1. Dallas/Fort Worth, TX

  2. Lenten Mission

  3. Moscow Conference

  4. Ask Father


The Millennium of Christianity is ... 
Not in Russia But the Ukraine

Continued from Issue No. 25
by Petro B. T. Bilaniuk, D. Th., D. Phil., C.D.S.P., D.D.

Many different ethnic groups were converted to Christianity on the territory of the future Ukraine: Ostrogoths, Visigoths, Alans, Roxolans, and many Slavic tribes. Thus the empire of the Kievan Rus' was already heavily Christianized when in 955, St. Olha, the monarch of Kiev, personally accepted Christianity.

In 988 A.D., we see the beginning of an organized State-Church, Kiev then becoming the see of the Metropolitan of all Rus'-Ukraine. From that time, the whole Kievan Empire and Church started to develop an indigenous Christian culture, learning and art. Quite soon, the ancient Rusychi-Ukrainians had become leaders in architecture, iconography and music throughout the Christian world. The creation of the new Hagia Sophia Cathedral in Kiev with its thirteen rotundas, and with its mosaic of the Mother of God as oranta, the "immovable wall", formed the best example of the splendid artistic achievement of the period. Simultaneously, the artistic development of the iconostasis of seven tiers representing the events and personages of salvation-history was appearing in many Ukrainian churches.

The Most Holy Mother of God, Mary, occupies a very prominent place in the theology and spirituality of the Ukrainian people. Innumerable churches, monasteries and institutions have been dedicated to Her. The most beautiful hymns, prayers, offices and devotions have been created in Her honor. Ukraine can even boast over two hundred wonder-working icons of the Mother of God.

There was monastic life in Scythia from the third century onward. It received a new impetus in 1037 when Yaroslav the Wise founded two monasteries: of St. George and of St. Irene. The famous Kievan Laura of the Caves had its origins in 1051, and grew spectacularly under the abbotship of St. Anthony and St. Theodosius of the Caves. Soon it became the spiritual center of monasticism and of learning of the whole Kievan Rus'-Ukraine, and retained this position until the Stalinist persecution of the 1930's.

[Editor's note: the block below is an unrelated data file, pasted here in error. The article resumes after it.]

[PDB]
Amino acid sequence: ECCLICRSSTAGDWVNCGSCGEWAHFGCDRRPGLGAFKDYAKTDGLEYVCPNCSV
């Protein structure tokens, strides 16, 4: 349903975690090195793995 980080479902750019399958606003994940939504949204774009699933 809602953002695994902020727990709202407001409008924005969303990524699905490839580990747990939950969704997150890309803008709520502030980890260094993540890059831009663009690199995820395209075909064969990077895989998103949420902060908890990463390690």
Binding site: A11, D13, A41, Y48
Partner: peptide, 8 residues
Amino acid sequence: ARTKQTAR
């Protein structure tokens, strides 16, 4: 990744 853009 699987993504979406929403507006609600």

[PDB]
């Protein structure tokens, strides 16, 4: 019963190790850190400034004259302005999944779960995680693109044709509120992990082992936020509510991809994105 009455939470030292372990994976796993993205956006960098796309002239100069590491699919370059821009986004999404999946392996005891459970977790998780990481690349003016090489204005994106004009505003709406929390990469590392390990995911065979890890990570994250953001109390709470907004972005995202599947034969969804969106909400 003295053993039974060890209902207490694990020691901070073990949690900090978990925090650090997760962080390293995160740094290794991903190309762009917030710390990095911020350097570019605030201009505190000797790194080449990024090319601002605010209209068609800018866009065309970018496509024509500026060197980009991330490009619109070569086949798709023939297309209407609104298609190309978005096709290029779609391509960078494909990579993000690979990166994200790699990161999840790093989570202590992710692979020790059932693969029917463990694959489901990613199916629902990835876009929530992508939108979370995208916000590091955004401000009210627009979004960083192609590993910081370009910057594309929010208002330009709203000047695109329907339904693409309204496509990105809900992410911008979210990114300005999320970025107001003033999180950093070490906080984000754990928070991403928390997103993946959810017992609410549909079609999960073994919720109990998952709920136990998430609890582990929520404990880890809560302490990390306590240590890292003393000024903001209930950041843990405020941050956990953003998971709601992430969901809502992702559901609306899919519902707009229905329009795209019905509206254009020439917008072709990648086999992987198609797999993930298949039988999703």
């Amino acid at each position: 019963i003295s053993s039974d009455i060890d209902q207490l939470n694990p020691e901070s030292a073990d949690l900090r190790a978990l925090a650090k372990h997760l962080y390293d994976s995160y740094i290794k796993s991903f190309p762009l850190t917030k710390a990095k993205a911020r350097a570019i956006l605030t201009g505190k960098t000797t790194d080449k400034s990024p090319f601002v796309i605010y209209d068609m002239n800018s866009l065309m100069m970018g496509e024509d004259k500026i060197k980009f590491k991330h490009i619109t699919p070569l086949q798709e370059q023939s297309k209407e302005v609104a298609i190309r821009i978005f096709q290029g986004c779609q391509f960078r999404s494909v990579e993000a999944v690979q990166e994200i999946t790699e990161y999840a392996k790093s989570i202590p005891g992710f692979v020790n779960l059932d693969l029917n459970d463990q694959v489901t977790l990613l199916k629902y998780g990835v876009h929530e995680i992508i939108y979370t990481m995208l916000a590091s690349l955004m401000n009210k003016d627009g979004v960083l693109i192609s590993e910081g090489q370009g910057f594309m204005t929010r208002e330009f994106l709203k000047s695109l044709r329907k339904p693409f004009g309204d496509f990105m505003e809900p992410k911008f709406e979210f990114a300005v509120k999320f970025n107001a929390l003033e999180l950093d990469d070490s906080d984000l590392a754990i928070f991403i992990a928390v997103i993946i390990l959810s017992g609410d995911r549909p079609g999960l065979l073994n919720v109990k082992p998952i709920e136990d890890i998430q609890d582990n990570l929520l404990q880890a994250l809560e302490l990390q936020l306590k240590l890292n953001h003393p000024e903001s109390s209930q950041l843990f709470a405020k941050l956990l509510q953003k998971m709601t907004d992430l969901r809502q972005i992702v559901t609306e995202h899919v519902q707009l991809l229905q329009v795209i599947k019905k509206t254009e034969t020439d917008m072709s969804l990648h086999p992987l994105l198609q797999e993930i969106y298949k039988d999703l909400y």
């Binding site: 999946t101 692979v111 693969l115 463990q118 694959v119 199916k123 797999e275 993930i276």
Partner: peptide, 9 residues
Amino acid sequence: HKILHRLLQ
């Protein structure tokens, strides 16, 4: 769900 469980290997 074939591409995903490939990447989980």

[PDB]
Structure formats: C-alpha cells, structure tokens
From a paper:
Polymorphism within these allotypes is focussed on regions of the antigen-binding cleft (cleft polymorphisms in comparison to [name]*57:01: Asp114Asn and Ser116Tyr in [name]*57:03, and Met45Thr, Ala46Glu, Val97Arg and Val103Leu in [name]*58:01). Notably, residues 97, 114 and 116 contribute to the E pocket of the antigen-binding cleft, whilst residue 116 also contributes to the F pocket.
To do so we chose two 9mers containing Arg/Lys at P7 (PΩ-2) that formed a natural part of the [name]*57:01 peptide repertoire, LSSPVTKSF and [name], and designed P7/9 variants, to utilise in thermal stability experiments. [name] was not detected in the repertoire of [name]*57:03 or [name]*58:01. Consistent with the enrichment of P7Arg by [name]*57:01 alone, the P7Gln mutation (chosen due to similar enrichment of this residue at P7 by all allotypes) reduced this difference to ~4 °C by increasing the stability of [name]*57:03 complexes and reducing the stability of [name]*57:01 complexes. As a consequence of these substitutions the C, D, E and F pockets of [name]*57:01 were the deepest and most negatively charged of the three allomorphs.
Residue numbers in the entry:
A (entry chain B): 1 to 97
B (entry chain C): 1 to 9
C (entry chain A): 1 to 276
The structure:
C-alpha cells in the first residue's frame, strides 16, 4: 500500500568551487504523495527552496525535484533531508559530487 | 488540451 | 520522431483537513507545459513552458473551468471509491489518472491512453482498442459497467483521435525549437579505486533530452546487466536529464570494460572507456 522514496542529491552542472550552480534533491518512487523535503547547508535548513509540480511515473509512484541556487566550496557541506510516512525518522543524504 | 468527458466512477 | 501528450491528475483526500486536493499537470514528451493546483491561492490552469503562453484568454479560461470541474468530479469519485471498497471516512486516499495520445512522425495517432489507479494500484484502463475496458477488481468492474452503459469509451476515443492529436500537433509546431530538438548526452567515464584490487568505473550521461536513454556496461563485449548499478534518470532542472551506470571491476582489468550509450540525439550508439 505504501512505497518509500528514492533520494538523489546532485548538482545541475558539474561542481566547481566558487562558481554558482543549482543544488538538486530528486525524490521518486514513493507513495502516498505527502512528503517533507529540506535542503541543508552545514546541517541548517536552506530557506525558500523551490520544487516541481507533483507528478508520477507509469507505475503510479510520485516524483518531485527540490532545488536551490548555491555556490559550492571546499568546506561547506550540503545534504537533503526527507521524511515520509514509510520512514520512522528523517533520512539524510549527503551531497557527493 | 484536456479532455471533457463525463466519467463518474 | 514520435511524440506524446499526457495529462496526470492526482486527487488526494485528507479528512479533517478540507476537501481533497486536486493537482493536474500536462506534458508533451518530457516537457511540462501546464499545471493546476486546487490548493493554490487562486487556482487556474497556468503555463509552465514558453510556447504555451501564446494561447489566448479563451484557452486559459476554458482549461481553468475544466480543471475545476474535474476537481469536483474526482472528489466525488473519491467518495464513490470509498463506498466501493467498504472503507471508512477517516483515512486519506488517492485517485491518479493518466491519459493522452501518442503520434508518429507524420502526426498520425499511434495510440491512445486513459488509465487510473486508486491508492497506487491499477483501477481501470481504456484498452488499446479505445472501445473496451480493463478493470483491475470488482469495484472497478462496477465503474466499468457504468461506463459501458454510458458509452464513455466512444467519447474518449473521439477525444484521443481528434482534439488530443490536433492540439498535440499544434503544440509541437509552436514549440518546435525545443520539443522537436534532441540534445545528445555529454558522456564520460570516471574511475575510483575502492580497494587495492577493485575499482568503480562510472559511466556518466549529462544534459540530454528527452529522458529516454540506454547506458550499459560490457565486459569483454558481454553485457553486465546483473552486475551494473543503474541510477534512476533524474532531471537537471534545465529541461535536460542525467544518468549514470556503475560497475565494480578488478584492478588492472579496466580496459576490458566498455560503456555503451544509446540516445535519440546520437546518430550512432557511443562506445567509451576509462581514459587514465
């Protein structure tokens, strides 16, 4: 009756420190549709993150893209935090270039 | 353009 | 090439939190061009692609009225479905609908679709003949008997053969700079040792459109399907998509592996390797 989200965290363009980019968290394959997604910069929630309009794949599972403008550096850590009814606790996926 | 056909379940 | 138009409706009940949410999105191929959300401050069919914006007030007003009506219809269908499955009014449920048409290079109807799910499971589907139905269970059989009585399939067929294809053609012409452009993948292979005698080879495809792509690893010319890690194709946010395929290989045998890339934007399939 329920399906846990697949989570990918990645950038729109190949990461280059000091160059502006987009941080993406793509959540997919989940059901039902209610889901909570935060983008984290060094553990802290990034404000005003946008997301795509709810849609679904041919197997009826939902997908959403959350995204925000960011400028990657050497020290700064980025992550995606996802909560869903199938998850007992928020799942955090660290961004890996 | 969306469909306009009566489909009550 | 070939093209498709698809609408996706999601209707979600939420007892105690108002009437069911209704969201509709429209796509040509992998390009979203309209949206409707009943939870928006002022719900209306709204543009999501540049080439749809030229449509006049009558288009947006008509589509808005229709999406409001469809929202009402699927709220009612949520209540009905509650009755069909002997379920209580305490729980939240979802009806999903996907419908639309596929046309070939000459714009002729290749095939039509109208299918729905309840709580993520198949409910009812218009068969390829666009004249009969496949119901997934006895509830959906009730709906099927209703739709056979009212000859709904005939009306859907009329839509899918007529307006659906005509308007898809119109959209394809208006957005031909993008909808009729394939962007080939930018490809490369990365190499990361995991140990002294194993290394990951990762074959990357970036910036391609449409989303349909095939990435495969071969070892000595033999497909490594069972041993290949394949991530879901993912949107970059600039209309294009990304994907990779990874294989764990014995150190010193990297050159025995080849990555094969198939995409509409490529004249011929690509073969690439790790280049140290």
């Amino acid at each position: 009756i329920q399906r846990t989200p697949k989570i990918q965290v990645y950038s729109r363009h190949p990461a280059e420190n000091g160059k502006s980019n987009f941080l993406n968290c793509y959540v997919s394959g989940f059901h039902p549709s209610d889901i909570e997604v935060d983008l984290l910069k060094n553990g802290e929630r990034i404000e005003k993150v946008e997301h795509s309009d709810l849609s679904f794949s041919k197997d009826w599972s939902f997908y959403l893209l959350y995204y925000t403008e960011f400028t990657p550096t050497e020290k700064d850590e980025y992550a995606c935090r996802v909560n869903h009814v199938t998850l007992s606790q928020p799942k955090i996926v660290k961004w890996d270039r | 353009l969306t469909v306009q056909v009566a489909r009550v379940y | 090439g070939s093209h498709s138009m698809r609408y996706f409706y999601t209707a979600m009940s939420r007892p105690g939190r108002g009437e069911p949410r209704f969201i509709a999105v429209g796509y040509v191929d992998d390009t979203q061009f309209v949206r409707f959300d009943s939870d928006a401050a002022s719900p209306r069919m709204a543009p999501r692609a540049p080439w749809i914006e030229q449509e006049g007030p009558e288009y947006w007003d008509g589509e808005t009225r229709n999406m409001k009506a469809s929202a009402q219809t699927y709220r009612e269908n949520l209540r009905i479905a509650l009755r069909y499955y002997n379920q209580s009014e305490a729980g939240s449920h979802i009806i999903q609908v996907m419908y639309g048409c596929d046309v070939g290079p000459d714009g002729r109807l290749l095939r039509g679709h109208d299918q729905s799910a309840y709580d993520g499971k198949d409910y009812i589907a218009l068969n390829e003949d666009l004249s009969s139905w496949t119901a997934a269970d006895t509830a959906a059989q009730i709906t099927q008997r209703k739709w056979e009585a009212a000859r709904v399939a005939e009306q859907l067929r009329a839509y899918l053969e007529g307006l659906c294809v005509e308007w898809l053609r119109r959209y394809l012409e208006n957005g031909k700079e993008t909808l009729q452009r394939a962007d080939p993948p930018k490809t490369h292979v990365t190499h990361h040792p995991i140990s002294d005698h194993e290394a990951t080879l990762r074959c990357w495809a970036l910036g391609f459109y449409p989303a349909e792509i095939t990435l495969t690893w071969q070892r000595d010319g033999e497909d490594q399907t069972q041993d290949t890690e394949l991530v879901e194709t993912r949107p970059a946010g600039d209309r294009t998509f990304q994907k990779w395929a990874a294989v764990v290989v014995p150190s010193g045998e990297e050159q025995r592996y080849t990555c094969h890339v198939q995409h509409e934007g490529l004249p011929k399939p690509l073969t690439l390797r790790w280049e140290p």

The Kievan Rus'-Ukraine was accepted as a Christian state by Europe, with an important cultural and political role. The monarch of Kiev, Yaroslav the Wise (1015-1054) became known as the "father-in-law of Europe", for many of his children married monarchs or members of the royal houses of Western Europe.

The year 1240 marked the beginning of the Mongol domination of Ukraine and its people. Then came a very serious decline of the Metropolitanate of Kiev. In 1303, the Metropolitanate of Halych in Western Ukraine was established; but in 1347, its Metropolitan dignity was suppressed. And at that time, all the eparchies of Ukraine were forcefully subjected to the Metropolitan of Kiev with residence in Moscow.

In 1589, the Patriarchate of Moscow was erected, and Muscovite pressure on the Ukrainian Church intensified. In 1596, after mature consideration of the church-political situation, the Ukrainian hierarchy concluded a reunion with the Church of Rome, which is known today as the 'Union of Brest'. In 1620, Theophan, the Patriarch of Jerusalem, visited Ukraine and secretly ordained six bishops for the Ukrainian Orthodox Church. This marked the beginning of two hierarchies and two Churches in Ukraine: the Orthodox and the Catholic. Unfortunately, this division persists to the present. The Ukrainian Orthodox Church reached its peak of development under Metropolitan Petro Mohyla (1633-46). The Kievan Academy founded by him in 1633 became the center of learning for all the Slavic world.

In 1921, in the cathedral of Hagia Sophia in Kiev, a church council was held during which the Ukrainian Orthodox Autocephalous Church was established under the leadership of Metropolitan Vasyl Lypkivskyi. That Church was brutally suppressed during the Stalinist persecution in the 1930's.

The Ukrainian Catholic Metropolitanate of Galicia was established in 1807. It developed very well, especially under Metropolitan Andrei Sheptyts'kyi (1901-1944) who established new monastic orders and reorganized the Seminary of Lviv. Under his successor, the Metropolitan (later Cardinal) Josyf Slipyj (1944-1984), the Ukrainian Catholic Church suffered bloody persecution and a forceful liquidation by the Soviet authorities at the pseudo-council of Lviv in 1946, which "officially" incorporated it into the Russian Orthodox Church and the Patriarchate of Moscow. This Martyr-Church had to descend into the modern catacombs, and today has seventeen bishops, twelve hundred priests, twelve hundred nuns and monks, an underground seminary, a catechetical school, and many faithful scattered all over USSR. At present, it is fighting for official recognition and legalization by the Soviet government; and in faith, hope and love, expects better times in the future.